The Turkish government dismissed more than 7,000 people, mostly police officers, civil servants and academics, from their jobs as part of the latest wave of crackdown against those accused of supporting the failed coup against President Recep Tayyip Erdogan last year.
According to the latest decree on Friday, 2,303 police personnel, including some from senior ranks, and 302 academics from universities across the Anatolian country lost their jobs, Turkish daily Hurriyet reported.
The daily added that the ruling also stripped 342 retired officers and troopers of their ranks and grades.
During the July 15 putsch last year, a faction of the Turkish military declared that it had seized control of the country and the government of President Erdogan was no more in charge. The attempt was, however, suppressed a few hours later.
Ankara has since accused the US-based Turkish cleric and opposition figure Fethullah Gulen of orchestrating and masterminding the coup.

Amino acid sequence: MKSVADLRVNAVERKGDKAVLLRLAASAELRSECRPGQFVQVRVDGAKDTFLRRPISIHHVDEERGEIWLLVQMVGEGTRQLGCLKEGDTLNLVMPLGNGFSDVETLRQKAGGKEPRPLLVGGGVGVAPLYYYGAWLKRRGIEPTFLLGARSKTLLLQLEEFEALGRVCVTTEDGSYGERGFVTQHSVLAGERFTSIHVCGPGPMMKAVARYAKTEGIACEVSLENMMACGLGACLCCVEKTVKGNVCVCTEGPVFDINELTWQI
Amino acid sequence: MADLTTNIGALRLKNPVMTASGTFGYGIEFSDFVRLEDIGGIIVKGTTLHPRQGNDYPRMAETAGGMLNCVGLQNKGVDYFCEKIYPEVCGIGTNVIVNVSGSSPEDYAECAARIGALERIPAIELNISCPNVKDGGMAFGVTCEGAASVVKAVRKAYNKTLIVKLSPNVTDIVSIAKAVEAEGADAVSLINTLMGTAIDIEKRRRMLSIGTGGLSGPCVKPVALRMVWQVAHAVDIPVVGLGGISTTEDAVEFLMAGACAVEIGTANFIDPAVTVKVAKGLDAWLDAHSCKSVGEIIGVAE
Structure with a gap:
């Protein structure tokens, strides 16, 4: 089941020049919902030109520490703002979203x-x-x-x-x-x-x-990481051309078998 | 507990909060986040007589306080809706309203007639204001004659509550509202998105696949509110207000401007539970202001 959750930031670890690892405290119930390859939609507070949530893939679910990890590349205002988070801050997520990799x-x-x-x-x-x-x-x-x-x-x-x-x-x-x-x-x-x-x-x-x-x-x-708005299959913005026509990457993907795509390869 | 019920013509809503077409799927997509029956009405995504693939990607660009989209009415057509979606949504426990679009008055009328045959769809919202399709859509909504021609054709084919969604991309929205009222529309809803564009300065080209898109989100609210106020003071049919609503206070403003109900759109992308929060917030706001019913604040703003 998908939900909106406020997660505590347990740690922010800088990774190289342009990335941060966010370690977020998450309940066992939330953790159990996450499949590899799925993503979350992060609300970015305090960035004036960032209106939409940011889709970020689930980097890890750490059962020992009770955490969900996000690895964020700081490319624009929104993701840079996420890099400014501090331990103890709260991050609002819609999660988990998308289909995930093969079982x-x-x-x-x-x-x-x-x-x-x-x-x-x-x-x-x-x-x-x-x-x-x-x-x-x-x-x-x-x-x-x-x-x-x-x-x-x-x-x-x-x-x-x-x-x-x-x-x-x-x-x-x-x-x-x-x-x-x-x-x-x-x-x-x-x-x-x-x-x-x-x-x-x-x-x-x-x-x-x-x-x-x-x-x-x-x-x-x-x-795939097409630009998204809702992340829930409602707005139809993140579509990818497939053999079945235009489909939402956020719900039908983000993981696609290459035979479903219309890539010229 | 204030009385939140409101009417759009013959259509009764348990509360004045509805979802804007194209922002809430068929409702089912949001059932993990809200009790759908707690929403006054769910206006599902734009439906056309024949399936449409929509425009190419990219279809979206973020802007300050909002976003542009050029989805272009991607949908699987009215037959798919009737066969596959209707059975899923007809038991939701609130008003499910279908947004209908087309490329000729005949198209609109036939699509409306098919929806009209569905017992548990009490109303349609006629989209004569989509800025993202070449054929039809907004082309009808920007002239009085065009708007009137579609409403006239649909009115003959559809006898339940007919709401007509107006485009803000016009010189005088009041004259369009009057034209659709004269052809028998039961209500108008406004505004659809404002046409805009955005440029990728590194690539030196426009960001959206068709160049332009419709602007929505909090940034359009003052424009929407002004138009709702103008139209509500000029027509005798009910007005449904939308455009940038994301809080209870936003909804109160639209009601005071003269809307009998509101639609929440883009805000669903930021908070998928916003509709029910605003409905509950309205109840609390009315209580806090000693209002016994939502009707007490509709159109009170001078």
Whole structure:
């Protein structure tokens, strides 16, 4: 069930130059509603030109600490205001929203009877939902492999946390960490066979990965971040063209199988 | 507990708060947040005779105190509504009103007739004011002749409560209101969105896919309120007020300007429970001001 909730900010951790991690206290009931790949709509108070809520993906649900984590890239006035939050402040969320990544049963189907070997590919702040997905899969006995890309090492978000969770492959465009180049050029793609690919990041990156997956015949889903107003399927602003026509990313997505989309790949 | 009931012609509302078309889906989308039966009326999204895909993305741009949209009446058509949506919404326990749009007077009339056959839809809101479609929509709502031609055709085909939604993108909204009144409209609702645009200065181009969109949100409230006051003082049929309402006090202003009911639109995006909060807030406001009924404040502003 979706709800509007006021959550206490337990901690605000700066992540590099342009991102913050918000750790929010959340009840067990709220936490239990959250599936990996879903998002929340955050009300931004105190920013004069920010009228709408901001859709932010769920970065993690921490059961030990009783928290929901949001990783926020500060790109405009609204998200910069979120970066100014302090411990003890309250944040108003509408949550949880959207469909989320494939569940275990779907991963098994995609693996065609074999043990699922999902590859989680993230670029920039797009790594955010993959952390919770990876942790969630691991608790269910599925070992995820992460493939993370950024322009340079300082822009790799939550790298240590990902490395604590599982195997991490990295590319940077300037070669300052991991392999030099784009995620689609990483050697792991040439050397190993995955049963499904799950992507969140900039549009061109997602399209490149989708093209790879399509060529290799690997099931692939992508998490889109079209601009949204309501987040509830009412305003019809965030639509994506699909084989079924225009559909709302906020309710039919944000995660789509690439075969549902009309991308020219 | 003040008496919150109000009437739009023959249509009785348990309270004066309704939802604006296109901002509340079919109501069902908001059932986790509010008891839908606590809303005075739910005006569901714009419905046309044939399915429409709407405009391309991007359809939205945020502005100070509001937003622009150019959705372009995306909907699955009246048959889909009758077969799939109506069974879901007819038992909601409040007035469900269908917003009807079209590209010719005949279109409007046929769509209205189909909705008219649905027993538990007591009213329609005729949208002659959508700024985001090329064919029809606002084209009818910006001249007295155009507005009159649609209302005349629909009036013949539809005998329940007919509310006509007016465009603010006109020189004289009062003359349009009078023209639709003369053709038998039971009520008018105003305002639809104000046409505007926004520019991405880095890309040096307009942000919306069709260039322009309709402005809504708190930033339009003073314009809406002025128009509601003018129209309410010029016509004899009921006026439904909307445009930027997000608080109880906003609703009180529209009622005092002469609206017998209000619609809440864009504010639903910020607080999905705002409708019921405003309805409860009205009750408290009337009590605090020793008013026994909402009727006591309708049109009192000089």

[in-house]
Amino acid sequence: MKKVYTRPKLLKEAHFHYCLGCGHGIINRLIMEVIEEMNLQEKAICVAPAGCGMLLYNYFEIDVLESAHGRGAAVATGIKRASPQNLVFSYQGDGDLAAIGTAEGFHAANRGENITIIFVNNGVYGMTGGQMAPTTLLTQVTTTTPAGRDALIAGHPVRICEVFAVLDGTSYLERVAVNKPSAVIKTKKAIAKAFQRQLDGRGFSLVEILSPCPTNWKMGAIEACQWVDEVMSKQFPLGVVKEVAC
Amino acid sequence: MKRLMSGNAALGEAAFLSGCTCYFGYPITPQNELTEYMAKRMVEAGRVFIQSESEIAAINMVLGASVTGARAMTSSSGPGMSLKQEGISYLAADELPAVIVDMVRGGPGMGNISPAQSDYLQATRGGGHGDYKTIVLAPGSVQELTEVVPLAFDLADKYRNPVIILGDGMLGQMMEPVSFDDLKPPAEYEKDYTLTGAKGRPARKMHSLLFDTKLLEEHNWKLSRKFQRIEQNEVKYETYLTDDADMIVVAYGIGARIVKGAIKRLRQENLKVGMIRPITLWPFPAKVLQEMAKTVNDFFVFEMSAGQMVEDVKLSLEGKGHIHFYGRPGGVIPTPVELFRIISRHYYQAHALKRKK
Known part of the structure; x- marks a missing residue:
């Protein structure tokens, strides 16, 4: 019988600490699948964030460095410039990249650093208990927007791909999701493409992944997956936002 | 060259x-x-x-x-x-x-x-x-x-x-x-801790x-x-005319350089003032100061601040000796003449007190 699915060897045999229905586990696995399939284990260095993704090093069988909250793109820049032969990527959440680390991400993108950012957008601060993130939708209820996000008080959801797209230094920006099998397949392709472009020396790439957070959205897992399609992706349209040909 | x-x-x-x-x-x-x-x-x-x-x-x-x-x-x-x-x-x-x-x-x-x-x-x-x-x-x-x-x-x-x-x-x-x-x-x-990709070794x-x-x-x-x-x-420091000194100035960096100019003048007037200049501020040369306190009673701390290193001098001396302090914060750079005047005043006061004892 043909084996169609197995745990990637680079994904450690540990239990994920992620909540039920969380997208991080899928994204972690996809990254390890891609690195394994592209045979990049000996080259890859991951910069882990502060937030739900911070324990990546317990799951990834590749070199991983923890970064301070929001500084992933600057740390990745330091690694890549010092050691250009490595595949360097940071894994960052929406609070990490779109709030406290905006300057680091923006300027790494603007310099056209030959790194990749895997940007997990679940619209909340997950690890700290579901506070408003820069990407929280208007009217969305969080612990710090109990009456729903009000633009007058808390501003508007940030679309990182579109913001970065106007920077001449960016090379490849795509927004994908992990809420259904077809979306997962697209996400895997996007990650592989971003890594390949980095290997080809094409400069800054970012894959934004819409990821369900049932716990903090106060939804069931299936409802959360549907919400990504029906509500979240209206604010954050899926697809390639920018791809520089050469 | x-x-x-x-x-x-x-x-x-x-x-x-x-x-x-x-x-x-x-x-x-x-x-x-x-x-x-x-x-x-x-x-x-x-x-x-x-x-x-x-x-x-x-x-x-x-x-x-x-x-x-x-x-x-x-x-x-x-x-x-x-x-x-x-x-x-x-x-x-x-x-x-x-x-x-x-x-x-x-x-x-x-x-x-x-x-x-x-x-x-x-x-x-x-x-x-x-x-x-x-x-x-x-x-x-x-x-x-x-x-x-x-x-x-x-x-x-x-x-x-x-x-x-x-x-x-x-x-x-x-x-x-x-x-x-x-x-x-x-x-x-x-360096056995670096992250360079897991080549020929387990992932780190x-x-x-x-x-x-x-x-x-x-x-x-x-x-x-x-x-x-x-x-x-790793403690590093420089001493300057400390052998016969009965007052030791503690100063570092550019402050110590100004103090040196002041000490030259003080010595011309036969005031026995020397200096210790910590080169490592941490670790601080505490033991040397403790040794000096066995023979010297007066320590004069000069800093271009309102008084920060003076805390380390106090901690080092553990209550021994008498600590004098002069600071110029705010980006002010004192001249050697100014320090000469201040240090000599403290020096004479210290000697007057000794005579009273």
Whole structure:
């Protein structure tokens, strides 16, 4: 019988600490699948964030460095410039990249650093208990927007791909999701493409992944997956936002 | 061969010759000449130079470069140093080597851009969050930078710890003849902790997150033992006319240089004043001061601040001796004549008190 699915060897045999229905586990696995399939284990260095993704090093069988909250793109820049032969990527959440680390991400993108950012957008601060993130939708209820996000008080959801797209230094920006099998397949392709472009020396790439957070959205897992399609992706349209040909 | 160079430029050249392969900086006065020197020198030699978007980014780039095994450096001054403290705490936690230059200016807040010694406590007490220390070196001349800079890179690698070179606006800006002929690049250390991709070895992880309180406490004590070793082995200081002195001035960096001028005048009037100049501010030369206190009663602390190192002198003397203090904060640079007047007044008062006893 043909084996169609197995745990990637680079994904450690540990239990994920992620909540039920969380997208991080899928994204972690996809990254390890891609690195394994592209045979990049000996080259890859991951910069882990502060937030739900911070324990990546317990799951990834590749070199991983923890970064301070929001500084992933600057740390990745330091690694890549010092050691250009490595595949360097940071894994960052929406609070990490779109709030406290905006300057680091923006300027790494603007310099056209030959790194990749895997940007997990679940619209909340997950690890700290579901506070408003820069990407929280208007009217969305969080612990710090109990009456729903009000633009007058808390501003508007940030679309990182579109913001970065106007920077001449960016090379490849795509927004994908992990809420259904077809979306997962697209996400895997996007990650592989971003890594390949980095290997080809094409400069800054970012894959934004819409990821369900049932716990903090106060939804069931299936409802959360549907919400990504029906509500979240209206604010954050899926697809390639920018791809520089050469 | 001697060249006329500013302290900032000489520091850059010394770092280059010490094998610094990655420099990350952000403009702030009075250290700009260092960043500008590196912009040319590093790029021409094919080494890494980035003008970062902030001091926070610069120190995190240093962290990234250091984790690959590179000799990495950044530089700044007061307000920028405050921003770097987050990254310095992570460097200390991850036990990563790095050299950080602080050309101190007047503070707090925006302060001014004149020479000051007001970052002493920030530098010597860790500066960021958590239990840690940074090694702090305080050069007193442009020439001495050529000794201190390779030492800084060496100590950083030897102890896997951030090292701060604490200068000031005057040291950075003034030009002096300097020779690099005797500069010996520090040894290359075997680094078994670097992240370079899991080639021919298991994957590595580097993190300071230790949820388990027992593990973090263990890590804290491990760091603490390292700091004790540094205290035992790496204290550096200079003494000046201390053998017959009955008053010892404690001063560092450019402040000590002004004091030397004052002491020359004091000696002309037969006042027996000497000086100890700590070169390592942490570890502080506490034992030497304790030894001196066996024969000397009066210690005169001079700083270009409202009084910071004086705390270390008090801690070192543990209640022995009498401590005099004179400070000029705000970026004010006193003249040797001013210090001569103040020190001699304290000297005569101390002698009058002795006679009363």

Gulen is also accused of being behind a long-running campaign to topple the government via infiltrating the country's institutions, particularly the army, police and the Judiciary. Turkey has also outlawed the Gulen movement, his large organization, in the country and has branded it as the Fetullah Terrorist Organization [FETO]. He, however, categorically denied the allegation.
Turkish officials have frequently called on the US to extradite Gulen, but it has taken no concrete measure so far.
Source: News Agencies, Edited by website team